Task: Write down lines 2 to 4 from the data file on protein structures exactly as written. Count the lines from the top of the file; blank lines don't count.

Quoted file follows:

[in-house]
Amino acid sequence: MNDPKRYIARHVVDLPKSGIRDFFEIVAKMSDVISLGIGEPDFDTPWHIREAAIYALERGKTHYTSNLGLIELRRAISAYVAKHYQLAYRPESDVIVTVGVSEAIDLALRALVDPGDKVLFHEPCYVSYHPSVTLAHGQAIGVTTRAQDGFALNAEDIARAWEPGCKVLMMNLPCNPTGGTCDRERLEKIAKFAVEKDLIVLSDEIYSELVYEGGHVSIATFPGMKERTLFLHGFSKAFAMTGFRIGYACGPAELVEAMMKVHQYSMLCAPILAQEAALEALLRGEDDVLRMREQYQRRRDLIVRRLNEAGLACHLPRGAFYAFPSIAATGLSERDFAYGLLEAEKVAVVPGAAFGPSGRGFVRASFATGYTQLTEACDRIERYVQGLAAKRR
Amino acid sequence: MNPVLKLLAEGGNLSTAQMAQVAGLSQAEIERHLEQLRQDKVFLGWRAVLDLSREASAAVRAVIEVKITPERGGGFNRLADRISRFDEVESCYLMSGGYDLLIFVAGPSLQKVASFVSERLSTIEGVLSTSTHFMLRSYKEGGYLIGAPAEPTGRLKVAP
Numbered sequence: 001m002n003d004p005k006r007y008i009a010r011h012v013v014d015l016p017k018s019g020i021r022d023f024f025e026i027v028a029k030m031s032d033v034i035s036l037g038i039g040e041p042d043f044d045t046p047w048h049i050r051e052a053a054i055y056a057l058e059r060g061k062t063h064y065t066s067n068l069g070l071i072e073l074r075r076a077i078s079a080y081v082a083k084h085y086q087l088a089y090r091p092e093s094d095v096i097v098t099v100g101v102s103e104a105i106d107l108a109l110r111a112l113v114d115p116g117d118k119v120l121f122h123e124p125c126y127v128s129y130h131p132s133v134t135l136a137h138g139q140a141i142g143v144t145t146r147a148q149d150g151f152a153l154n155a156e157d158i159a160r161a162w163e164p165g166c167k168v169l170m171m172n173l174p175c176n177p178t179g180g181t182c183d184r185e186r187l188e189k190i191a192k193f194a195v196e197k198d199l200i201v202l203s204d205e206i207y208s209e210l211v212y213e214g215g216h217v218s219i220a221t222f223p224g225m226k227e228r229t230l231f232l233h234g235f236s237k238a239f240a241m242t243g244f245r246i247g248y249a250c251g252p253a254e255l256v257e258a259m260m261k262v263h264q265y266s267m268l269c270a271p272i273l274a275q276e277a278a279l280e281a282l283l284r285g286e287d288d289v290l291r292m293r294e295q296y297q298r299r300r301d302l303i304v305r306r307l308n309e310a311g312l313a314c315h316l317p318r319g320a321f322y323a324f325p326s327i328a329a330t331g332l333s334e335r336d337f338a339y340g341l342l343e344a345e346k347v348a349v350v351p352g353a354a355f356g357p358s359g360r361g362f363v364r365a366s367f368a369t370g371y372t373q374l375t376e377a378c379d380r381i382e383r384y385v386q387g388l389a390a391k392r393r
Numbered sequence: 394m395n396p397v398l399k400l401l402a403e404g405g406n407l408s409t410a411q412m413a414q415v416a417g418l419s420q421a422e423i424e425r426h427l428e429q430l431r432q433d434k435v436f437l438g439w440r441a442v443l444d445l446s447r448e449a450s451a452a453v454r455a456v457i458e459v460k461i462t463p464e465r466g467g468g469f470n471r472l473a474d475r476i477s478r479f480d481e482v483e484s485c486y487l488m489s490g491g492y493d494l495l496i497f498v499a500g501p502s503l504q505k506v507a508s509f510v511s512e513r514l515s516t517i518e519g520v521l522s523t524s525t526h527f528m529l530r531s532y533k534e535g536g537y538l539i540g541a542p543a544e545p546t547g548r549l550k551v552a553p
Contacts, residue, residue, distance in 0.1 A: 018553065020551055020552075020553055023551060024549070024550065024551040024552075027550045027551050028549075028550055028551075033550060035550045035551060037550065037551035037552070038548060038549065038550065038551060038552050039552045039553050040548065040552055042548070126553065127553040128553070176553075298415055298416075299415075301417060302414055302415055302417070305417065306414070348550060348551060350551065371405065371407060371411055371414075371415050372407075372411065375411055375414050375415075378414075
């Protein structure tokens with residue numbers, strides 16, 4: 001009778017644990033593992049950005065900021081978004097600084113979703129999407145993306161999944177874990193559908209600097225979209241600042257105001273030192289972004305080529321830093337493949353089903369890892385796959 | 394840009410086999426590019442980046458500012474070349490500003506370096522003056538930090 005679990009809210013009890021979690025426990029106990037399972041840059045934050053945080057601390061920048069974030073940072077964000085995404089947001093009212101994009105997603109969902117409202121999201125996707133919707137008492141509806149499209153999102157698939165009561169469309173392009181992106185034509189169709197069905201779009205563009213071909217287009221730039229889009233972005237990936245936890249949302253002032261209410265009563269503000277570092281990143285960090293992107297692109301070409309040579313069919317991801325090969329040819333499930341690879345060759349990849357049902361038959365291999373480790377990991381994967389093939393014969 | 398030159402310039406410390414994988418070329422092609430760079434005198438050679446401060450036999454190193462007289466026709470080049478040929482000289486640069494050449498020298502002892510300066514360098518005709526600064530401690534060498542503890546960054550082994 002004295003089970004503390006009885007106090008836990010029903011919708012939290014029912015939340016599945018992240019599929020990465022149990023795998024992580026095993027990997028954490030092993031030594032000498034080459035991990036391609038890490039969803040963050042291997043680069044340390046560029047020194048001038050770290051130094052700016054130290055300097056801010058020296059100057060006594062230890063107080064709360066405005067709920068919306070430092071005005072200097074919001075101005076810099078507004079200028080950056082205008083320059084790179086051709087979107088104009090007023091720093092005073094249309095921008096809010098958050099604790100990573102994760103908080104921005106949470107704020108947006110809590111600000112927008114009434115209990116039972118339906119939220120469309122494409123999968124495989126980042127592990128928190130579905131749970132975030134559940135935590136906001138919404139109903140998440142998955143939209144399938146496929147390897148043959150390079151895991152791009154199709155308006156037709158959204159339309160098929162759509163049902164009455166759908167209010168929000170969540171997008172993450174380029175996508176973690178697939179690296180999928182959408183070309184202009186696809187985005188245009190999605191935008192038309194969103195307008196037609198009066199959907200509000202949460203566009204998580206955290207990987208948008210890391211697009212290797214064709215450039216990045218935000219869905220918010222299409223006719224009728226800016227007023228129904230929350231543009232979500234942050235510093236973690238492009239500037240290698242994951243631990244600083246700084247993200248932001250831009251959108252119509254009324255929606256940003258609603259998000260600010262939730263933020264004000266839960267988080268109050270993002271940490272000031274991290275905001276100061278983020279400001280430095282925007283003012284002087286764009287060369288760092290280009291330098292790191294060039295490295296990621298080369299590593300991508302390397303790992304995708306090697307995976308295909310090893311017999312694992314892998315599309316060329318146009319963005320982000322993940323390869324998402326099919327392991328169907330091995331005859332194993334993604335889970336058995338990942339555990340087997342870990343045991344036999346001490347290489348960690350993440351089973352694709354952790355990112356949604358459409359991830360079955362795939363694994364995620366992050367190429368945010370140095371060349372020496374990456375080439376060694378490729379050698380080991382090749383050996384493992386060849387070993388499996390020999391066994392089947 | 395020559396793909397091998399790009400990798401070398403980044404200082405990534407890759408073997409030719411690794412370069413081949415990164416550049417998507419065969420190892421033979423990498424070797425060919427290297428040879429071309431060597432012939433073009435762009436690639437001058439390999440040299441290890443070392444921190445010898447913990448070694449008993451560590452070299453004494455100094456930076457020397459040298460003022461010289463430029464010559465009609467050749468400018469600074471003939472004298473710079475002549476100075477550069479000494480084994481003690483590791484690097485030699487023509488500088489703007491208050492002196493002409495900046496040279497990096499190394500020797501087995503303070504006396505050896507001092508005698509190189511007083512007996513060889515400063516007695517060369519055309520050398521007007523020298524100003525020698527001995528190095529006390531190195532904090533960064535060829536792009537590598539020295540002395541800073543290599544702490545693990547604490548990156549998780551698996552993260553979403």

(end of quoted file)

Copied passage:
Amino acid sequence: MNDPKRYIARHVVDLPKSGIRDFFEIVAKMSDVISLGIGEPDFDTPWHIREAAIYALERGKTHYTSNLGLIELRRAISAYVAKHYQLAYRPESDVIVTVGVSEAIDLALRALVDPGDKVLFHEPCYVSYHPSVTLAHGQAIGVTTRAQDGFALNAEDIARAWEPGCKVLMMNLPCNPTGGTCDRERLEKIAKFAVEKDLIVLSDEIYSELVYEGGHVSIATFPGMKERTLFLHGFSKAFAMTGFRIGYACGPAELVEAMMKVHQYSMLCAPILAQEAALEALLRGEDDVLRMREQYQRRRDLIVRRLNEAGLACHLPRGAFYAFPSIAATGLSERDFAYGLLEAEKVAVVPGAAFGPSGRGFVRASFATGYTQLTEACDRIERYVQGLAAKRR
Amino acid sequence: MNPVLKLLAEGGNLSTAQMAQVAGLSQAEIERHLEQLRQDKVFLGWRAVLDLSREASAAVRAVIEVKITPERGGGFNRLADRISRFDEVESCYLMSGGYDLLIFVAGPSLQKVASFVSERLSTIEGVLSTSTHFMLRSYKEGGYLIGAPAEPTGRLKVAP
Numbered sequence: 001m002n003d004p005k006r007y008i009a010r011h012v013v014d015l016p017k018s019g020i021r022d023f024f025e026i027v028a029k030m031s032d033v034i035s036l037g038i039g040e041p042d043f044d045t046p047w048h049i050r051e052a053a054i055y056a057l058e059r060g061k062t063h064y065t066s067n068l069g070l071i072e073l074r075r076a077i078s079a080y081v082a083k084h085y086q087l088a089y090r091p092e093s094d095v096i097v098t099v100g101v102s103e104a105i106d107l108a109l110r111a112l113v114d115p116g117d118k119v120l121f122h123e124p125c126y127v128s129y130h131p132s133v134t135l136a137h138g139q140a141i142g143v144t145t146r147a148q149d150g151f152a153l154n155a156e157d158i159a160r161a162w163e164p165g166c167k168v169l170m171m172n173l174p175c176n177p178t179g180g181t182c183d184r185e186r187l188e189k190i191a192k193f194a195v196e197k198d199l200i201v202l203s204d205e206i207y208s209e210l211v212y213e214g215g216h217v218s219i220a221t222f223p224g225m226k227e228r229t230l231f232l233h234g235f236s237k238a239f240a241m242t243g244f245r246i247g248y249a250c251g252p253a254e255l256v257e258a259m260m261k262v263h264q265y266s267m268l269c270a271p272i273l274a275q276e277a278a279l280e281a282l283l284r285g286e287d288d289v290l291r292m293r294e295q296y297q298r299r300r301d302l303i304v305r306r307l308n309e310a311g312l313a314c315h316l317p318r319g320a321f322y323a324f325p326s327i328a329a330t331g332l333s334e335r336d337f338a339y340g341l342l343e344a345e346k347v348a349v350v351p352g353a354a355f356g357p358s359g360r361g362f363v364r365a366s367f368a369t370g371y372t373q374l375t376e377a378c379d380r381i382e383r384y385v386q387g388l389a390a391k392r393r